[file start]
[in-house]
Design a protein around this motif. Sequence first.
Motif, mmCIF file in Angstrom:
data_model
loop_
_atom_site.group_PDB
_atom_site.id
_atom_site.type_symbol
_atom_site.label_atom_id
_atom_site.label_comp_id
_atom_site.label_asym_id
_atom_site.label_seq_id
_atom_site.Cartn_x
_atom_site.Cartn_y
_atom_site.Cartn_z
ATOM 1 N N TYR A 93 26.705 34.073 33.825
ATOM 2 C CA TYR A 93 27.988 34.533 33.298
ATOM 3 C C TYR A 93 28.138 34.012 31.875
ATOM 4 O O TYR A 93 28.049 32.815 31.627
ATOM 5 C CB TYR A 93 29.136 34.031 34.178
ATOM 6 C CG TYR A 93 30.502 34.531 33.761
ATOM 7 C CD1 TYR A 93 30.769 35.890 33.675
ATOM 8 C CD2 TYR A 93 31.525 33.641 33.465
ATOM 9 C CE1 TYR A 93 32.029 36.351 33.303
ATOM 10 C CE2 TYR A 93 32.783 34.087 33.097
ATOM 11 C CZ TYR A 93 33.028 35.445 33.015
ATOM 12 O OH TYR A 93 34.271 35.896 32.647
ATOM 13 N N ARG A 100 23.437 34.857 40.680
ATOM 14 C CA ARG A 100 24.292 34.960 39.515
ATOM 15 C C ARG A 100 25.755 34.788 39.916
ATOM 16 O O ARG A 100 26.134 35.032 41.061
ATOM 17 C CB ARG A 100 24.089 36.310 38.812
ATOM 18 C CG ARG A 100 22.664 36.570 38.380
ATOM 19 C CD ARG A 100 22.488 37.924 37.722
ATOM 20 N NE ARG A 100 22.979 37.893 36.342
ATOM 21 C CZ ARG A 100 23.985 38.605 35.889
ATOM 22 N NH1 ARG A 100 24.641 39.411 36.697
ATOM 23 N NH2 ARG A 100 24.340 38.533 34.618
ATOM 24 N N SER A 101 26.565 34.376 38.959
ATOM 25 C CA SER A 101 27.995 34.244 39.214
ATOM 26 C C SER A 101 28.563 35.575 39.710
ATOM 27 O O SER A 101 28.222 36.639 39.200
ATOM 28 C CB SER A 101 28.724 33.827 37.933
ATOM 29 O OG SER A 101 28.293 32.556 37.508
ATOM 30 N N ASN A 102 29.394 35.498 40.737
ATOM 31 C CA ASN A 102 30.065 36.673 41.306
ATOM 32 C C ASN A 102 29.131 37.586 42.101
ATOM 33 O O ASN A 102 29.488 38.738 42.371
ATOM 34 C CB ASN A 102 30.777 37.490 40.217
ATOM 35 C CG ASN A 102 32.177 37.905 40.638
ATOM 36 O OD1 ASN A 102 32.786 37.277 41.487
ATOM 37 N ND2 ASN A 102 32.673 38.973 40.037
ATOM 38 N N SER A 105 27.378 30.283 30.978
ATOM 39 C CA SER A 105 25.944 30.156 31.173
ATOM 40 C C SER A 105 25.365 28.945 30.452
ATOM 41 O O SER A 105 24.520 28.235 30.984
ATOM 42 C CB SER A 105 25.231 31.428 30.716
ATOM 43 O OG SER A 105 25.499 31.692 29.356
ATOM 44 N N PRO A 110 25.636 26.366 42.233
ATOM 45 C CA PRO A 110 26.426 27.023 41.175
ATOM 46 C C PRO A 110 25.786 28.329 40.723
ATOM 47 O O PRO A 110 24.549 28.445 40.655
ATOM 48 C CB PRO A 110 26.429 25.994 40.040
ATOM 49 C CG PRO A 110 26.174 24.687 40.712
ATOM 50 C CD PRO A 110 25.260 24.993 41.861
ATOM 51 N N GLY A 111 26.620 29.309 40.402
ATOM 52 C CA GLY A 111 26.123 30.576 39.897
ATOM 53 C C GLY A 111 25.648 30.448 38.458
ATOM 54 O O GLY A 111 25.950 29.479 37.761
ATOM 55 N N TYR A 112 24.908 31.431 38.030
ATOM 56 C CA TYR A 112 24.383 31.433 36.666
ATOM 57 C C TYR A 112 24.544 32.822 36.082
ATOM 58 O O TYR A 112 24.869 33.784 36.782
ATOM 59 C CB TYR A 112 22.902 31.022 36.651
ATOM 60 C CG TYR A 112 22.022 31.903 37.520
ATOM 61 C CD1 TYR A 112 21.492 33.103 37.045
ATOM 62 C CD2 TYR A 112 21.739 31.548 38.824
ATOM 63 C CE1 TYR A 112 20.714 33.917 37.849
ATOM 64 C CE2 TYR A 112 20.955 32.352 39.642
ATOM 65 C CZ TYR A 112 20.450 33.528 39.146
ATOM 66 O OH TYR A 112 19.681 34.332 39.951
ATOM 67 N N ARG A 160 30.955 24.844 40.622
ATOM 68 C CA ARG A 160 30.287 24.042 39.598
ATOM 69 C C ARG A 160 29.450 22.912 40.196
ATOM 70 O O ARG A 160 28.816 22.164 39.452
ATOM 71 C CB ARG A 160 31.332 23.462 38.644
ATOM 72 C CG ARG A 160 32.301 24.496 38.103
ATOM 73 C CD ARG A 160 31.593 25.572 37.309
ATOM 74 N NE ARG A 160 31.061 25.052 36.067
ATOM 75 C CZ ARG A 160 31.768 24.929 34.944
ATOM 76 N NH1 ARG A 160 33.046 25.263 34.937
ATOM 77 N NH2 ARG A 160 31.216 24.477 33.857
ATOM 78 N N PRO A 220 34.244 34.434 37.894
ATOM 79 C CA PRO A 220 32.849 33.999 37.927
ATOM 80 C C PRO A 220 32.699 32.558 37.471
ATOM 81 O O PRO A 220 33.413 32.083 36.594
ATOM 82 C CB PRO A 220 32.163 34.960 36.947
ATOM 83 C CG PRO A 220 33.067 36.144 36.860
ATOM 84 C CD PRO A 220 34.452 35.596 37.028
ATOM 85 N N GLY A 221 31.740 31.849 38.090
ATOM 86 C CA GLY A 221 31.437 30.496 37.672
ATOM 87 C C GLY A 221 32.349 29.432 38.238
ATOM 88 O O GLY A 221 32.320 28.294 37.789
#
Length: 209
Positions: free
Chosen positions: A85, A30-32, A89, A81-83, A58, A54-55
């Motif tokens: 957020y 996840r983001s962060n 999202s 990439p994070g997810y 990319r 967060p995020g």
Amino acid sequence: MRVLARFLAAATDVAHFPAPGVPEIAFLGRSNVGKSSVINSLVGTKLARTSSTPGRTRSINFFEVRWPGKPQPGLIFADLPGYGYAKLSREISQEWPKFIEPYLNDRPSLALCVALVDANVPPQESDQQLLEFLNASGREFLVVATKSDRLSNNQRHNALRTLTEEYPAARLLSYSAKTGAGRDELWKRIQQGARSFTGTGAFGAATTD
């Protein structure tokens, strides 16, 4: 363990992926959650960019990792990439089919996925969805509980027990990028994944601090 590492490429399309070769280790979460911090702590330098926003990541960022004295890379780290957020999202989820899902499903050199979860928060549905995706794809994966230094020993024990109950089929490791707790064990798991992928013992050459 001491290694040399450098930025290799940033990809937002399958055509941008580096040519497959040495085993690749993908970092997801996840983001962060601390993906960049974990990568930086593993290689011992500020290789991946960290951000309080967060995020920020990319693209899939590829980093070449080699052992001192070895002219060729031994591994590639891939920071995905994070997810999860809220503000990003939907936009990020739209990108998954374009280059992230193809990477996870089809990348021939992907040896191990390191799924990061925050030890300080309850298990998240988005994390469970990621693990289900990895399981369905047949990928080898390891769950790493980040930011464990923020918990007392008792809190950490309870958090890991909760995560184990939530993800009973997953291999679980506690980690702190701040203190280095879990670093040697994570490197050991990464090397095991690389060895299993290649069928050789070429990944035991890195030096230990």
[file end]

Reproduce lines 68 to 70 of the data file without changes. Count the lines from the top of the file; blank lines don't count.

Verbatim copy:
ATOM 53 C C GLY A 111 25.648 30.448 38.458
ATOM 54 O O GLY A 111 25.950 29.479 37.761
ATOM 55 N N TYR A 112 24.908 31.431 38.030